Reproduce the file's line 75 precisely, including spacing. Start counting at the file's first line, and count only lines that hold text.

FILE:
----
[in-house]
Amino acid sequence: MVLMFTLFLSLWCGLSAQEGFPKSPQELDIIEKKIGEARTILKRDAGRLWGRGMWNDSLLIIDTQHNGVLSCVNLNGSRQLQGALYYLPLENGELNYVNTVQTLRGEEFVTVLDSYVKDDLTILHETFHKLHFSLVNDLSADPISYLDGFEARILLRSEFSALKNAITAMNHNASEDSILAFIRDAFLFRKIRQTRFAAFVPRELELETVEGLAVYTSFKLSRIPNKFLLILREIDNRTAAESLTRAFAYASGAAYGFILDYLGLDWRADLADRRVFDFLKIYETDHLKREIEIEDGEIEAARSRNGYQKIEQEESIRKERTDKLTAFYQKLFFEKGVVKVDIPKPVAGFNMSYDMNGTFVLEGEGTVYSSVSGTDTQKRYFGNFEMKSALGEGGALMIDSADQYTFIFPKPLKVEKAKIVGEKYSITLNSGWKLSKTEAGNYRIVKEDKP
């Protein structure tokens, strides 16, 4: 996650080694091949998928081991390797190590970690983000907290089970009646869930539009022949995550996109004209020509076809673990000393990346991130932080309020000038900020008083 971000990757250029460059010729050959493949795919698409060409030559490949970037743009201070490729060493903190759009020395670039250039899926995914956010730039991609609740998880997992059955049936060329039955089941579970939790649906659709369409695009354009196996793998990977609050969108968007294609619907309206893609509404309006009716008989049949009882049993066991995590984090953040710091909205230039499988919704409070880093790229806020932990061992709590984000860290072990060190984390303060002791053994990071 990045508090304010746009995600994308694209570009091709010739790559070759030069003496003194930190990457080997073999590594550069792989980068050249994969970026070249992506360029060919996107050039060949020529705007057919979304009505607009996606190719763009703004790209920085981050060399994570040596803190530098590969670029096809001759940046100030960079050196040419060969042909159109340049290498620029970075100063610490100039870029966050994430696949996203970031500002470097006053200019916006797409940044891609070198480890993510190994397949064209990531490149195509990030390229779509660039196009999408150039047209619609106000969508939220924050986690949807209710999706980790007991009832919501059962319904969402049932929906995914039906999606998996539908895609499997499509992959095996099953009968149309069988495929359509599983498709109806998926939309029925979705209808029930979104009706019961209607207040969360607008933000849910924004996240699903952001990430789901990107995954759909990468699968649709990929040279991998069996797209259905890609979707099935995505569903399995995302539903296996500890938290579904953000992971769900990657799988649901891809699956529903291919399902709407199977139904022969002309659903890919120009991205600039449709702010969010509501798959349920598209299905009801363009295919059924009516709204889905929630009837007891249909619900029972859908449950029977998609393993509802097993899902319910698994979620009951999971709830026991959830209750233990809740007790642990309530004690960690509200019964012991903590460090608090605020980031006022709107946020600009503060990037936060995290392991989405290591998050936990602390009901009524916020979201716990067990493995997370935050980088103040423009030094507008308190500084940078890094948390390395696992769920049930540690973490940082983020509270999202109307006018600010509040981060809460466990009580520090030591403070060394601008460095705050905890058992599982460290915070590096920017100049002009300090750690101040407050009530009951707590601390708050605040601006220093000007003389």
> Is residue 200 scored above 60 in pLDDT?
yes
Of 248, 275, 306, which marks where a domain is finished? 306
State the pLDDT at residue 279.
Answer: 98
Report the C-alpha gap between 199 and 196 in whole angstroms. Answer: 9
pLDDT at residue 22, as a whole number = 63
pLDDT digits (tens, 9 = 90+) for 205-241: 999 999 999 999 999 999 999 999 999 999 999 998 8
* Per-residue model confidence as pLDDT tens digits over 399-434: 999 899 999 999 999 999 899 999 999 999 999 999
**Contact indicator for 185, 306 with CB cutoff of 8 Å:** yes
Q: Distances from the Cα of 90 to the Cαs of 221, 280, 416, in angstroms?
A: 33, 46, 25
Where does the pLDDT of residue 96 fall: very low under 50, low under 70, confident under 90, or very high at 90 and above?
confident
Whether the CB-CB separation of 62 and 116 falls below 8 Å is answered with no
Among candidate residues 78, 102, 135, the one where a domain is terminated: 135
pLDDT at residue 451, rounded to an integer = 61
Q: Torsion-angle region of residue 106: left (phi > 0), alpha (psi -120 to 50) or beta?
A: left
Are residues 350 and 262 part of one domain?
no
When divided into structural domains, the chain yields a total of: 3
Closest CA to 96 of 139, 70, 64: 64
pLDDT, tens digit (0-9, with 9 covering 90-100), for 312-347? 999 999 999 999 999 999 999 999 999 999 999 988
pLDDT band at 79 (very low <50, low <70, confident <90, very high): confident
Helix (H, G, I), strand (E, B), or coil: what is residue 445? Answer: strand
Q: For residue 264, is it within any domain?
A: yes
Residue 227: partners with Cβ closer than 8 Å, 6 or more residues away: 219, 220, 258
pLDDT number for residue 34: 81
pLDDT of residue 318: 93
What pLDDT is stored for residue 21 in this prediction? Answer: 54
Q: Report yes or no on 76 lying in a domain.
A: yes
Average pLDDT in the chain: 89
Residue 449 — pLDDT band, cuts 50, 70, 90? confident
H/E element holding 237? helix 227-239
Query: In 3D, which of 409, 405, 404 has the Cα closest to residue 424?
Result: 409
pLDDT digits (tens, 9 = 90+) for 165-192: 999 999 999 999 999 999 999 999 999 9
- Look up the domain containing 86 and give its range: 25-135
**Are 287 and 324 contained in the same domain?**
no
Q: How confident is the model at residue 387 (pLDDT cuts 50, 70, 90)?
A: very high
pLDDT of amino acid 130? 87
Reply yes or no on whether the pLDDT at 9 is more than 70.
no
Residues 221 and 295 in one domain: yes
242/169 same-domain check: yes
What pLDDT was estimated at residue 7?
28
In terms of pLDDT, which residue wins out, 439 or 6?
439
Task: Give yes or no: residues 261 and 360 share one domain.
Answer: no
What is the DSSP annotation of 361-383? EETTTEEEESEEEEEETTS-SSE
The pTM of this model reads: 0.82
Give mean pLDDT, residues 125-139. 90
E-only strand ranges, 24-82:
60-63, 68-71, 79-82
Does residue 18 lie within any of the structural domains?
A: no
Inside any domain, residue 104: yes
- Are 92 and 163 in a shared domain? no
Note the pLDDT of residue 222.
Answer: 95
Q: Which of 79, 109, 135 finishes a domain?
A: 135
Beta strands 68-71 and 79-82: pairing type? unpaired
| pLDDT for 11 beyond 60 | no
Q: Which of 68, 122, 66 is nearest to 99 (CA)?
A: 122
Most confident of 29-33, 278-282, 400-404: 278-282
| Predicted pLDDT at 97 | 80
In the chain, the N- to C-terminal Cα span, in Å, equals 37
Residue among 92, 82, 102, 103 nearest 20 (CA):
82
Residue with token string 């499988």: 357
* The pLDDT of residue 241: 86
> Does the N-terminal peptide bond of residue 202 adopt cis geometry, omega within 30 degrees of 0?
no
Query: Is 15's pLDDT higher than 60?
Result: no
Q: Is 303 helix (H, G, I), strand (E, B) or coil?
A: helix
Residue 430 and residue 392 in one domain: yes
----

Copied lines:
Q: Which of 68, 122, 66 is nearest to 99 (CA)?